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Saturday, April 23, 2016

T is for Tanka




Now, we’re talking! If you don’t know already, I love surfing the Hallyu wave. But that'd never happened if I hadn’t been indoctrinated to the Asian culture and media as a young child.
I was first bit by the bug when I watched my first anime one Saturday afternoon. To those who don’t know, anime is a shortened term for Japanese animation.


So can you imagine my excitement that I got the letter “T”!? Well, you’re about to find out why.


Because...





Tanka is a Japanese poetic form. It originated in the 7th century thus making it one of the oldest Japanese forms. The tanka is 31 syllables long, consists of five lines and doesn’t rhyme. And unlike the haiku, it is the more expressive of the two with its use of metaphors and personification. For this reason the tanka resembles a sonnet, a love poem.  Also, the tanka were often written by lovers to give their thanks for a memorable night. ;-D


The beginning three lines, upper lines, of the tanka starts off like a haiku. An image and or setting  is introduced. And immediately followed by a shift or expansion of the subject in the last two, lower lines.


The tanka, like the limerick, has a syllable count for each line: 5/7/5/7/7. Meaning that lines one and three are five syllables long. While lines two, four and five are seven syllables long.
Here’s an example of a tanka poem by poet Tada Chimako:

Person of the Playful Star: Tanka [I listen to songs]

I listen to songs
of someone handsome
at the apex of night
the Milky Way overflows
the stars boil over and fall
© 2010


I’m more into writing the senryu, another Japanese poetic form. I even pair them up with images and post them to Instagram and Twitter but here’s my attempt at a tanka poem:


April 21


Their petals fell
like tears for a fallen icon
before vanishing.
Another star lost its light
to shine in the skies above.
© Lidy Wilks, April 22, 2016

Want to attempt your own tanka poem and share it in the comments? Have a favorite tanka poem you'd like to share? Are you familiar with the haiku and other Japanese poetic forms like the senryu or waka?

11 comments:

Darla M Sands said...

Fabulous post! I'm a fan of Japanese Haiku but did now know any forms beyond it. ~blush~ My brain isn't up to creative writing yet this morning, but thank you for sharing.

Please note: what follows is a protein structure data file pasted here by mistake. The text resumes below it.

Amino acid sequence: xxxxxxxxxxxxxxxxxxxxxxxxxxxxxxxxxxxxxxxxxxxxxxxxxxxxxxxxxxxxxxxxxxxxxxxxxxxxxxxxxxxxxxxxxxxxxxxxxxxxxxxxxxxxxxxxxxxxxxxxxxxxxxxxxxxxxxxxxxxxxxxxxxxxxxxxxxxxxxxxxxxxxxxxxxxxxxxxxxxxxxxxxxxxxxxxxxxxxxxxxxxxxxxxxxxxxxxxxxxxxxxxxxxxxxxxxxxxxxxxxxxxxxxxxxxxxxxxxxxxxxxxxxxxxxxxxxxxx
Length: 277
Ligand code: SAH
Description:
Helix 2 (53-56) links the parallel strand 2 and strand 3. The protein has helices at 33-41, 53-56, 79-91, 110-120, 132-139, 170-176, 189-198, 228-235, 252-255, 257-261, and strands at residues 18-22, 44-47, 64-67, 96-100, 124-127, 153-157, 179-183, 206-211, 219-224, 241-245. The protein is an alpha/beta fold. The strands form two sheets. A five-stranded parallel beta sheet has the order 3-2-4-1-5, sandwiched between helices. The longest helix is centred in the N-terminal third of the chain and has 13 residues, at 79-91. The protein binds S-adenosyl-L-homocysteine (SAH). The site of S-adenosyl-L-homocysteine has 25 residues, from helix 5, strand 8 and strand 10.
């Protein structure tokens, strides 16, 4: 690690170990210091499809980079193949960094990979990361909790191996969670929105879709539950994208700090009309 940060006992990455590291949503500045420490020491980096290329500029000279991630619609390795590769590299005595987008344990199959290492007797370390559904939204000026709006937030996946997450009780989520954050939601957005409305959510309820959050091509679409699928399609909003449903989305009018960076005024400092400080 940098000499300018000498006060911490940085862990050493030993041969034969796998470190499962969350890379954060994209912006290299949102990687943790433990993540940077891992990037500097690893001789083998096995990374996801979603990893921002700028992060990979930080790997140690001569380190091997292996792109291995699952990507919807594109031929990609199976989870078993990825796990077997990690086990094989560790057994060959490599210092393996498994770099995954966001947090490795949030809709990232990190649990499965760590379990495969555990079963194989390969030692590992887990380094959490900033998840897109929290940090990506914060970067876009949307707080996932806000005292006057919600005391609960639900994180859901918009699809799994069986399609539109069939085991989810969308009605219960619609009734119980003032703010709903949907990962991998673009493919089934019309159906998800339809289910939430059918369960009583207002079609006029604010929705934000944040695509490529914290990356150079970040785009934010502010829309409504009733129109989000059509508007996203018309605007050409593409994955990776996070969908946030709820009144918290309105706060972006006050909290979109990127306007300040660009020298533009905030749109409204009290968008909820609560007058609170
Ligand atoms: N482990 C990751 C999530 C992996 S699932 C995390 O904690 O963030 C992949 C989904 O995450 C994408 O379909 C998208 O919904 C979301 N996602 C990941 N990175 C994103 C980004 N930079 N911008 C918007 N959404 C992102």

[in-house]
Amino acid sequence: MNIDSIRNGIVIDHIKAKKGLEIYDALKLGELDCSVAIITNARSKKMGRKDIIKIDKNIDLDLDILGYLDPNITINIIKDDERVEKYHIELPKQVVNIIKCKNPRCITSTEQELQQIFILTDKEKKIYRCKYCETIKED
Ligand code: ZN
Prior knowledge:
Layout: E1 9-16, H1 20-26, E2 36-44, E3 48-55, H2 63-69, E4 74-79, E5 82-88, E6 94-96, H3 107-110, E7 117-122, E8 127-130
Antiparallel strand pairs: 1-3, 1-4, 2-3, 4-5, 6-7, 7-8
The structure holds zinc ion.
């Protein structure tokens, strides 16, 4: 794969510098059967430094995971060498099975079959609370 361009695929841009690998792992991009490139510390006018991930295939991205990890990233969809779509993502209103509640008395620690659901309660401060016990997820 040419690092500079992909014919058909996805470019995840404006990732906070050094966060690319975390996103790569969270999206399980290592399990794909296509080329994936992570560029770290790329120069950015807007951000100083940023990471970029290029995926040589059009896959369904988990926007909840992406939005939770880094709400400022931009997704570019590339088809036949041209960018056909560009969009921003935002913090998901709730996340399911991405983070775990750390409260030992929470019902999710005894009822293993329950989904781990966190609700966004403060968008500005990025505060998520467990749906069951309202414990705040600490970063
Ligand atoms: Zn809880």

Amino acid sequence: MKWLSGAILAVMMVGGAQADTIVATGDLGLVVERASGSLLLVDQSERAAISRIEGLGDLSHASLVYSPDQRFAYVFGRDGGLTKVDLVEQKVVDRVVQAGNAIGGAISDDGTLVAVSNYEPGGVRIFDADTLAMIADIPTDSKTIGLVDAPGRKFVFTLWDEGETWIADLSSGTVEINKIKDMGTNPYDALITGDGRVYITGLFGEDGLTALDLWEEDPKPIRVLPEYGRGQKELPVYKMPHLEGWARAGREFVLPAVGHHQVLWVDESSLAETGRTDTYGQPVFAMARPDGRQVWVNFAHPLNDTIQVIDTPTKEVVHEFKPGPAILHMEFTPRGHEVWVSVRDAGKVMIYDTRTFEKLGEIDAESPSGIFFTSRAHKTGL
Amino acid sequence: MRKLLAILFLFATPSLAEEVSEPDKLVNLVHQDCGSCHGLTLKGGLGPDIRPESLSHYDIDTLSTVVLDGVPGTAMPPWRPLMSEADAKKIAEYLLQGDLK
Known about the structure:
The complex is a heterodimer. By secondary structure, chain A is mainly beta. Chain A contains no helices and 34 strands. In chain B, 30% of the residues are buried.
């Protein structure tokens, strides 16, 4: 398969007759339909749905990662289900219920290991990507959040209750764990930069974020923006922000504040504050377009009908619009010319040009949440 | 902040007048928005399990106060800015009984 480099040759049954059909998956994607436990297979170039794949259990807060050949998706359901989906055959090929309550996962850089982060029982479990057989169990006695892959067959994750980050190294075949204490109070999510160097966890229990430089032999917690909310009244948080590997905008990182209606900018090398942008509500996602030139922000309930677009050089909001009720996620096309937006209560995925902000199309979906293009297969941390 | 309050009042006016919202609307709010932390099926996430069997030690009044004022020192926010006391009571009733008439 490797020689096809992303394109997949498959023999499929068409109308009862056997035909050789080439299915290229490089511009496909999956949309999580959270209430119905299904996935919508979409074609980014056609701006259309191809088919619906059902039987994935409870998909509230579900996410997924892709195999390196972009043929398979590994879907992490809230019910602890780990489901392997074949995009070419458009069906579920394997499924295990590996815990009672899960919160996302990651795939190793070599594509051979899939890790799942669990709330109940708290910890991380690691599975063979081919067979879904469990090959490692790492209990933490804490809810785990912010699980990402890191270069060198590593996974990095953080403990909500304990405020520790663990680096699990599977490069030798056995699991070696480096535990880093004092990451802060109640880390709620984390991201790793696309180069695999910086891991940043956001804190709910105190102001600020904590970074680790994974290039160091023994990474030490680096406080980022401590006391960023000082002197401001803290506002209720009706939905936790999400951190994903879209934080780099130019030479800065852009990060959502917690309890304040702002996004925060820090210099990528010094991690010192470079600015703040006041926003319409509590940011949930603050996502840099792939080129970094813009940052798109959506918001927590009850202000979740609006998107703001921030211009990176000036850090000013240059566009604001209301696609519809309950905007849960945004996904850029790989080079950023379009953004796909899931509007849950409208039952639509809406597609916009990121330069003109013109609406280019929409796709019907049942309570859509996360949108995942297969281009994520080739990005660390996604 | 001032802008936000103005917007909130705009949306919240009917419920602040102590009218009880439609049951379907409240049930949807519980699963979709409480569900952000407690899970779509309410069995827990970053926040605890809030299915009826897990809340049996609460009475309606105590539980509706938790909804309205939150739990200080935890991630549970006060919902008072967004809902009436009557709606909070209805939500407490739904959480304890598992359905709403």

Awakening Dreams and Conquering Nightmares with a Pen
It looks like I will have intermittent Internet access soon, so forgive me if I don’t stop by as often. I’ll try to maximize whatever time is allowed. Happy blogging!

Kathleen Valentine said...

I've tried Haiku but have no gift for poetry. Tanka is new to me.

@Kathleen01930
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C R Ward said...

I've studied many forms of poetry and the Japanese ones are my favourite. It drives me crazy when people think they've written a Haiku when it's actually a Senryu. But I've written a couple of Tanka, as well as Waka, Rengu, Choka, and Sedoka. I love the Tanka you wrote!
Carol at My Writing Journal

Lidy Wilks said...

@Darla thanks. Love to read your attempt at the tanka, whenever you have the chance.
@kathleen you've tried haiku? Like to read some.
@crward thank you :-D. I've yet to write a waka, rengu, choka or sedoka. But the future isn't written yet, as they say.

Jennifer Amerkhanov said...

I love attempting Tanka and other poetry that has a rigid structure and rules. It forces you to be more, not less, creative to say what you want to say within those confines. Here are some of mine: http://jenseriously.com/category/waxing/

Donna McDine said...

Absolutely lovely! Thank you for sharing the origins. Fascinating!

Ginni Deville said...

Interesting post! - I have tried writing Haiku but maybe i should venture out a little after reading this and attempt something new :P

Lidy Wilks said...

@Jennifer yes it does forces you to get creative. You can be amazed with how much you can do.
@Donna thank you. 😊 glad you enjoyed it.

Liz A. said...

We tried those in elementary school. First we did Haiku, and then we were taught Tanka. I didn't remember what it was called, though.

Chrys Fey said...

Writing Haiku is so much fun. I've never done Tanka before but now you've inspired me. :)

Lidy Wilks said...

@ginni Thank you. Do give it a try. Technically you're already half way there.
@Liz that's good that they had you do poetry in elementary school.It can be a fun exercise. As well as help young kids to empathize with others.
@chrys thanks. Can't wait to see what you come up with.